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Journal of Community Medicine & Health Education
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Socio-Demographic Features and Breast Feeding Profile of Mothers Attending Teaching Hospital in Gujarat State, India

Mamtarani1*, B. Divakar2 and Ratan K. Srivastava3

1Department of Community Medicine, Government Medical College, Surat (Gujarat), India

2Department of Pharmacology, Government Medical College, Surat (Gujarat), India

3Department of Community Medicine, Banaras Hindu University, Varanasi, India

*Corresponding Author:
Dr. Mamtarani Verma
B-13 Assistant Professor Quarters
New Civil Hospital Campus, Majura Gate
Surat, Gujarat-395001, India
Tel: +91-09825606911
E-mail: [email protected]

Received date: June 23, 2012; Accepted date: July 13, 2012; Published date: July 16, 2012

Citation: Mamtarani, Divakar B, Srivastava RK (2012) Socio-Demographic Features and Breast Feeding Profile of Mothers Attending Teaching Hospital in Gujarat State, India. J Community Med Health Educ 2:159. doi:10.4172/2161-0711.1000159

Copyright: © 2012 Mamtarani, et al. This is an open-access article distributed under the terms of the Creative Commons Attribution License, which permits unrestricted use, distribution, and reproduction in any medium, provided the original author and source are credited.

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Objective: To relate the socio-demographic profile of mothers with their breast feeding practices.
Design: Hospital based cross sectional study.
Setting: Urban tertiary care teaching hospital.
Methods: A pretested semi-structured questionnaire was used. The information was collected by using interview
technique. Study was carried out from June 2005 to October 2005 in a tertiary care hospital. In the hospital 991 women
availed the services during study period and 600 (60.5%) of them were covered in this study. These women were
interviewed after the delivery in the hospital during postnatal period. Details of their socio-demographic features and
breast feeding profile were collected.
Ethical concern: No ethical issues were involved.
Data analysis: The data were analysed with the help of EpiInfo software (version. 3.2). Proportions & frequencies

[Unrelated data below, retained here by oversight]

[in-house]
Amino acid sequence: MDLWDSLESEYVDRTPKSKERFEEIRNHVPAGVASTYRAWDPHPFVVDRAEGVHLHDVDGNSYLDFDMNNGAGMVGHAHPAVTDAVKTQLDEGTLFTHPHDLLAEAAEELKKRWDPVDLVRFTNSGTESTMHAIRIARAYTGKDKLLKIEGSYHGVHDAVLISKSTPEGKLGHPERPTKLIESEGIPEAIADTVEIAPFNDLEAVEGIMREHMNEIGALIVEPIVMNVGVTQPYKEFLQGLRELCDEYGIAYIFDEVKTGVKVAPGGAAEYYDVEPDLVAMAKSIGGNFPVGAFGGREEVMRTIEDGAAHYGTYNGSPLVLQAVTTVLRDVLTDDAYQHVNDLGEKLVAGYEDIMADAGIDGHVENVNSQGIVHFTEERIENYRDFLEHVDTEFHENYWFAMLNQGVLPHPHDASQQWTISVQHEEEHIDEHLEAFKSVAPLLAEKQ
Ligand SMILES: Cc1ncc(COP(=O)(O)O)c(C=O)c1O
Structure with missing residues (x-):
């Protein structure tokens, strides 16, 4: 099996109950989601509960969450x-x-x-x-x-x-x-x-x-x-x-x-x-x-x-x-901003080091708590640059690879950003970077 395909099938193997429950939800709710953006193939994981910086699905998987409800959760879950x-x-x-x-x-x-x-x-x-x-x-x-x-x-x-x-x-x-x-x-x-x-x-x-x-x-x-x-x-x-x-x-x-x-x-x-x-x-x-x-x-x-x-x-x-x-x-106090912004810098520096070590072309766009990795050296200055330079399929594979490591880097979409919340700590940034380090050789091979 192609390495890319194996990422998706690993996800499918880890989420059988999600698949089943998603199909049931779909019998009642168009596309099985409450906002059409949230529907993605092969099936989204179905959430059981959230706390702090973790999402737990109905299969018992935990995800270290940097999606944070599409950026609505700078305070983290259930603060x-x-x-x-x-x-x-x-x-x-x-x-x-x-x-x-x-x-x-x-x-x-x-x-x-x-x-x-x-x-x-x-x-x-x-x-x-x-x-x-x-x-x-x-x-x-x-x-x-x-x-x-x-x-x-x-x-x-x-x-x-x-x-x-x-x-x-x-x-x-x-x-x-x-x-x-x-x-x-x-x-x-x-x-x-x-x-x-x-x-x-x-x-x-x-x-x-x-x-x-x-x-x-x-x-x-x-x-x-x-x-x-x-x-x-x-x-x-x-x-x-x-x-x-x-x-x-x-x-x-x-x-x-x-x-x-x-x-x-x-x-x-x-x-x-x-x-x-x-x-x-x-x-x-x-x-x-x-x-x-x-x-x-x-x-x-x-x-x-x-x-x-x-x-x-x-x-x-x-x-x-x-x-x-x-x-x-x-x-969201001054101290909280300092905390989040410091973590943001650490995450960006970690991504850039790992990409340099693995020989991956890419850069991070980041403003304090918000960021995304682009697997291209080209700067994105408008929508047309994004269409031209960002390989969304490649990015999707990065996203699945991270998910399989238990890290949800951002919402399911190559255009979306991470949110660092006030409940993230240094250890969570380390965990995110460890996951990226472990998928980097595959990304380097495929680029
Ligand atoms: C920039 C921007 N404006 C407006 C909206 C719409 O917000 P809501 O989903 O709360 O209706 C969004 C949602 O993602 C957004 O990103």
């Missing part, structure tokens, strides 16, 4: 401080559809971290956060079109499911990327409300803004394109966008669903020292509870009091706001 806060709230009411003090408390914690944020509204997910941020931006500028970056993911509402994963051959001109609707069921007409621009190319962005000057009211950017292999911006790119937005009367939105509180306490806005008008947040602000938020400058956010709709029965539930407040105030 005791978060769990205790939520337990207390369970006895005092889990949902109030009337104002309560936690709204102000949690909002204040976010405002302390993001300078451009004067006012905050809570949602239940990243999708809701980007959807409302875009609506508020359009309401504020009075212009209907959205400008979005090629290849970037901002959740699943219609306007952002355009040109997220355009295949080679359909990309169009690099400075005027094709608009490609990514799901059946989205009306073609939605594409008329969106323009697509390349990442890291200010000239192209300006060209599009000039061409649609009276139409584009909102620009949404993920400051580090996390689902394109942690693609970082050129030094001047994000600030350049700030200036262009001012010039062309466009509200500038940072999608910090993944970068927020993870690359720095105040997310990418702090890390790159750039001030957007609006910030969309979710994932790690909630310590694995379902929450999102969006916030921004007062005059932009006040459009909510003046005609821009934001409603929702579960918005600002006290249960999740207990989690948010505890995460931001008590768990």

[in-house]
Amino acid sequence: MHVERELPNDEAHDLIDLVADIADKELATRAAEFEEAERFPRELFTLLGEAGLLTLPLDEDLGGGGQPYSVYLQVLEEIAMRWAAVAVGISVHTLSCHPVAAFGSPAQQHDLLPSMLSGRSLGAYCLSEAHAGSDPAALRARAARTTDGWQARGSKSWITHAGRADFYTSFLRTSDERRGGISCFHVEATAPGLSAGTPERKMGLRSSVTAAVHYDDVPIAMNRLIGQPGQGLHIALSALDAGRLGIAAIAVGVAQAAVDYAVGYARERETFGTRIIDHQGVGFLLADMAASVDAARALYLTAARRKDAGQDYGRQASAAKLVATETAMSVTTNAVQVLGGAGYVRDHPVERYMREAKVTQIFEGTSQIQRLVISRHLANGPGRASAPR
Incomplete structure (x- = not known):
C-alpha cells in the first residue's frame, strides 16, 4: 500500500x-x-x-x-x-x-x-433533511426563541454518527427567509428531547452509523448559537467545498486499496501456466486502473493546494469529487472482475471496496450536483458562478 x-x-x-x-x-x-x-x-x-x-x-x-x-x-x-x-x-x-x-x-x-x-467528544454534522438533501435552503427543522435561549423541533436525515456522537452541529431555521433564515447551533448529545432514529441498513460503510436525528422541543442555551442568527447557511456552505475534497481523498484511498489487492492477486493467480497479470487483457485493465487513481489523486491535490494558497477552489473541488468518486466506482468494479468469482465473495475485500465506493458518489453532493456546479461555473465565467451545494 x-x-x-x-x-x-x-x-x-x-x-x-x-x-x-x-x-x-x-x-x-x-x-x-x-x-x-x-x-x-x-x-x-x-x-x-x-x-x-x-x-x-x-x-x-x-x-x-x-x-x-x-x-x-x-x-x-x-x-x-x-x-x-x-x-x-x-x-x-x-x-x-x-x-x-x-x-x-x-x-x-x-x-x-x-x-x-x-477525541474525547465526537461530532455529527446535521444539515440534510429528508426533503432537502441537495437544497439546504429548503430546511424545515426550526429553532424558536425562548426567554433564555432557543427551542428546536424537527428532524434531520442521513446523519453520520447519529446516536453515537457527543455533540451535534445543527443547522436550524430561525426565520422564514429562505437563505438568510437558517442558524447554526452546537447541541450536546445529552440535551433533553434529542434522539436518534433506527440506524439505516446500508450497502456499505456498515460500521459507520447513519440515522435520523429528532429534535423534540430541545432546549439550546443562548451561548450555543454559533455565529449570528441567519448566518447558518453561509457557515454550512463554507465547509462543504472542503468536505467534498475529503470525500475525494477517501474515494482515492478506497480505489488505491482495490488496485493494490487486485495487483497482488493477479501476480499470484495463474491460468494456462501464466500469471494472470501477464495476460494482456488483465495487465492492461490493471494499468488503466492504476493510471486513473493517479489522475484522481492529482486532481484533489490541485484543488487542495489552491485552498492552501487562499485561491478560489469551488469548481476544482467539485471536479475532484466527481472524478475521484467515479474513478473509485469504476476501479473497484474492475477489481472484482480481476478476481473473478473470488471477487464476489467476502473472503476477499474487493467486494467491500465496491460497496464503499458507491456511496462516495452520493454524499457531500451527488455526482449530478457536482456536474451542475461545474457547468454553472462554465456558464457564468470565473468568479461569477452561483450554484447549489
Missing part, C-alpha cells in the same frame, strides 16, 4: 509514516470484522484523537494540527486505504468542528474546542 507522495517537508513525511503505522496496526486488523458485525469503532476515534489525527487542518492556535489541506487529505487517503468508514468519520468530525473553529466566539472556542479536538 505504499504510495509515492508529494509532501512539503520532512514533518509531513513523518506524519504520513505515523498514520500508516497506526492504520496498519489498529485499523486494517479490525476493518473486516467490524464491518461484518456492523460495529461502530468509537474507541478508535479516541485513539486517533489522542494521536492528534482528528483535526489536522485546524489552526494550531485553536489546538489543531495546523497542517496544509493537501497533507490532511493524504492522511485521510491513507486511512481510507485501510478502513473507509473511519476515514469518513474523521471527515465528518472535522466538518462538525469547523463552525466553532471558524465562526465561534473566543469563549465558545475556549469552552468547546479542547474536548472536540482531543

were calculated by doing bivariate analysis.
Results: A total of 600 women were covered of those women 309 (51.5%) were young <25 years, 345 (57.5%)
mothers were literate and 537 (89.5%) mothers gave colostrum to their babies. Prelacteal feed was given by 205
(34.2%) of mothers in the present study.
Conclusion: The observations of the study will help in understanding the current breast feeding practices of mothers attending hospital


Socio-demographic features; Breast feeding; Hospital based; Profile


“Breast feeding was the best, is the best and will remain the best” as far as infant feeding is concerned. Breast feeding has been a part of our culture since ancient times [1]. Breast feeding is a rich traditional practice in Indian society. Many social, moral, and mythological factors are attached to the practice of breast feeding. The Indian mind has recognised breast milk as the best food for the child since antiquity. But in modern times, till recently the practice of breast feeding has been declining even in Indian society especially in affluent class under the influence of the oxidant. However, breast milk now again has been recognised as the most suited food for the baby world-over [2]. This has resulted in activities for increasing awareness and promotion of breast feeding. UNICEF and WHO launched Baby Friendly Hospital Initiative in 1992 as a part of global effort to protect promote and support breast feeding.